Barbara Anthony, Undersecretary of the Office of Consumer Affairs and Business Regulation
Netflix, which offers consumers DVDs mailed to their home or instantly streamed through a wide number of devices, offers subscribers so much variety that sometimes choosing what to watch can be a hard choice. But the company announced yesterday a new choice that will be particularly difficult and one to which consumers should pay attention.
The company has been offering a flat-fee plan to consumers that includes DVDs mailed to the house plus access to its instant streaming catalogue. The new plan, however, splits those offerings into two separate plans, and does not offer a discount for both plans.
For example, a current plan that includes Blu-ray disc access and unlimited streaming is currently $11.99 a month (including an additional charge for Blu-ray discs). That plan would become two plans, starting on or after Sept. 1: A $7.99 per month streaming plan, and a $9.99 a month DVD-by-mail plan. That would be $17.98 per month, a 50 percent increase from the current membership.
So, consumers face something of a choice. They can pay a steep increase in their monthly fee – in the above example an additional $72 a year – or they can reduce services. That reduction, however, is a difficult one for consumers. While instant streaming offers incredible convenience through a number of platforms, the library offers significantly less depth than the hard-copy DVD library. The DVD-by-mail option, however, does not allow the same freedom as the instant streaming option. Already, consumers are voicing displeasure at having to make a choice.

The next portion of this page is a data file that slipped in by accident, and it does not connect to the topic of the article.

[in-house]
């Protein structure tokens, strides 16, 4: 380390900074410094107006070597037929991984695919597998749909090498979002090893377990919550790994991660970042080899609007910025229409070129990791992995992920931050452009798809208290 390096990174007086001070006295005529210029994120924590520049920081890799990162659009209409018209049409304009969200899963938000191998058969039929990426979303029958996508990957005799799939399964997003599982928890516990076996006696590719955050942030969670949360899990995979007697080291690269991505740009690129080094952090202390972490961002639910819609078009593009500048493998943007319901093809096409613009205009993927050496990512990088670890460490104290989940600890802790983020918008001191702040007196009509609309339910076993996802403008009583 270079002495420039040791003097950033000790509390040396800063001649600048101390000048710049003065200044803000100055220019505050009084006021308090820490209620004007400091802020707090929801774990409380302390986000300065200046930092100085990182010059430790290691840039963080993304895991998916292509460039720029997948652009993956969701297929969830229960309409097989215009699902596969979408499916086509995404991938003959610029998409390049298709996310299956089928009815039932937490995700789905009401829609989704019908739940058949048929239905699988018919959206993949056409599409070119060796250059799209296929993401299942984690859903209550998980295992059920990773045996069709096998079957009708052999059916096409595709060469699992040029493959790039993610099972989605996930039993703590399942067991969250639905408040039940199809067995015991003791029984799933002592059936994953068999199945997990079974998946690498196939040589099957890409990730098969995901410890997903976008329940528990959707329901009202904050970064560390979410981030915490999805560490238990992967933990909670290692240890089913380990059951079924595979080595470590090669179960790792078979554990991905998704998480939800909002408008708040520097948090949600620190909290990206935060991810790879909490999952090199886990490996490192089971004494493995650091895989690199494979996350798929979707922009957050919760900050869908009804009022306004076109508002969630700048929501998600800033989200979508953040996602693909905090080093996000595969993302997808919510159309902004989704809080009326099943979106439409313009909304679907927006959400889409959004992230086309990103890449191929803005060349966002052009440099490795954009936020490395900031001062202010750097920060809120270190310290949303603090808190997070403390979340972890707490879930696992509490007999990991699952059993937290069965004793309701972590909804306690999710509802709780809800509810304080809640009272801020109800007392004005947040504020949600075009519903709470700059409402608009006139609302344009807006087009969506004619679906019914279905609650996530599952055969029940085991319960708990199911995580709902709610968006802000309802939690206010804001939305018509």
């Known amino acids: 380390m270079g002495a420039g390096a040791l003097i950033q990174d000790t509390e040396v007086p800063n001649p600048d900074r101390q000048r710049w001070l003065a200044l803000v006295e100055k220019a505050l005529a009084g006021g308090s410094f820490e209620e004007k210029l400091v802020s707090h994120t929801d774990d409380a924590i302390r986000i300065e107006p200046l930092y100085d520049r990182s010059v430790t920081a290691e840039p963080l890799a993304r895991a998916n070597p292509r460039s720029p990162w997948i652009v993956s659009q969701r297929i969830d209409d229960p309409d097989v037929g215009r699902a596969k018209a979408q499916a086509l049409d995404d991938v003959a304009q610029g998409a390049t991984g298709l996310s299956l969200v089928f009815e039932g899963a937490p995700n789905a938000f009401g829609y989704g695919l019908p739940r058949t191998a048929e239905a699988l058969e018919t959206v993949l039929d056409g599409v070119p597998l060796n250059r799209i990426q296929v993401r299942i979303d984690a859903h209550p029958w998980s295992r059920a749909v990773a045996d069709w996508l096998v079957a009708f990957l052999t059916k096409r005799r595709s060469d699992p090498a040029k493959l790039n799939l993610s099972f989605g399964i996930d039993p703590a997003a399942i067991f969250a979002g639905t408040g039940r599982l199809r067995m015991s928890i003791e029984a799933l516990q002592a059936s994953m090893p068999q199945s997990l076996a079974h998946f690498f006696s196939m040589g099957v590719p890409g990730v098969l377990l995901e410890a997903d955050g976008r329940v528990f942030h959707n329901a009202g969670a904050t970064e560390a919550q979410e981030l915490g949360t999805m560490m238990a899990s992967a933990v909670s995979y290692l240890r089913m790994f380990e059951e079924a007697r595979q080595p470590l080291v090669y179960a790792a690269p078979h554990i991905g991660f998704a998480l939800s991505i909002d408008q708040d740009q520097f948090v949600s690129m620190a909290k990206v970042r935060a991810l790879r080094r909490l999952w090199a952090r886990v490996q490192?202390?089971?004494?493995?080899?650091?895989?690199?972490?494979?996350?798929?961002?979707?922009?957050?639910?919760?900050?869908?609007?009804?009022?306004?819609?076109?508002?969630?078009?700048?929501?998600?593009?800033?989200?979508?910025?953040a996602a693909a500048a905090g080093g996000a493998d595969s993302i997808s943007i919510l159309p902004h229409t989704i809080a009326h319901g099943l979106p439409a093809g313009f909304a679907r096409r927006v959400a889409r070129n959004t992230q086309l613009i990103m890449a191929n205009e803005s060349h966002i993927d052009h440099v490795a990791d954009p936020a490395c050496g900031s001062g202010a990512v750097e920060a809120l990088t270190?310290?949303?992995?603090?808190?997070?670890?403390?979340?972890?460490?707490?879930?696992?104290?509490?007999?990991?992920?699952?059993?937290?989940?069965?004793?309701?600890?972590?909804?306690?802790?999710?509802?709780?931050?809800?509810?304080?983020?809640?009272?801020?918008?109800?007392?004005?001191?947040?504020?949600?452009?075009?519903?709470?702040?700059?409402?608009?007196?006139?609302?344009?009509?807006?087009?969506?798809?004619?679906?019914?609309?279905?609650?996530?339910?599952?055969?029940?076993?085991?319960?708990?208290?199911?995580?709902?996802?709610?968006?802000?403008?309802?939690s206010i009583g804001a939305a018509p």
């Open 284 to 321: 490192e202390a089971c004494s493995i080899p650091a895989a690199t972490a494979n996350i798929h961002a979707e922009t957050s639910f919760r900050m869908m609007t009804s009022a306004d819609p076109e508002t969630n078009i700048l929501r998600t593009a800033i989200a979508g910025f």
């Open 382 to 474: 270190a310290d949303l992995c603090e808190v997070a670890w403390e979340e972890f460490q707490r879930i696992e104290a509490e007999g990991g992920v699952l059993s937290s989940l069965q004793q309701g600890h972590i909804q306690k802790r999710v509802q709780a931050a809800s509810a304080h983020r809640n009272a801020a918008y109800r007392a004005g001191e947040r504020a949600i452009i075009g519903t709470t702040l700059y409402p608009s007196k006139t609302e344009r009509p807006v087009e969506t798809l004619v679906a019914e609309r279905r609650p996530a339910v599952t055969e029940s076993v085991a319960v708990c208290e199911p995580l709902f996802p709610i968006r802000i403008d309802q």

Netflix is the dominant entity in the market, but others – like Hulu and Amazon – have been mounting challenges. How they react to the news – and whether they can pull market share away from Netflix as consumers review their options – will be interesting to see in the long run.
In the short-term, consumers should review their Netflix and decide how to proceed. The company’s emailed note to subscribers make clear that by doing nothing, the subscriber will be put into the dual plan with both services – essentially agreeing to a steep price increase. Consumers should decide how they want their plan to be managed going forward, and they should keep an eye out on the competition and see if they find an offering that they feel is better suited to their needs.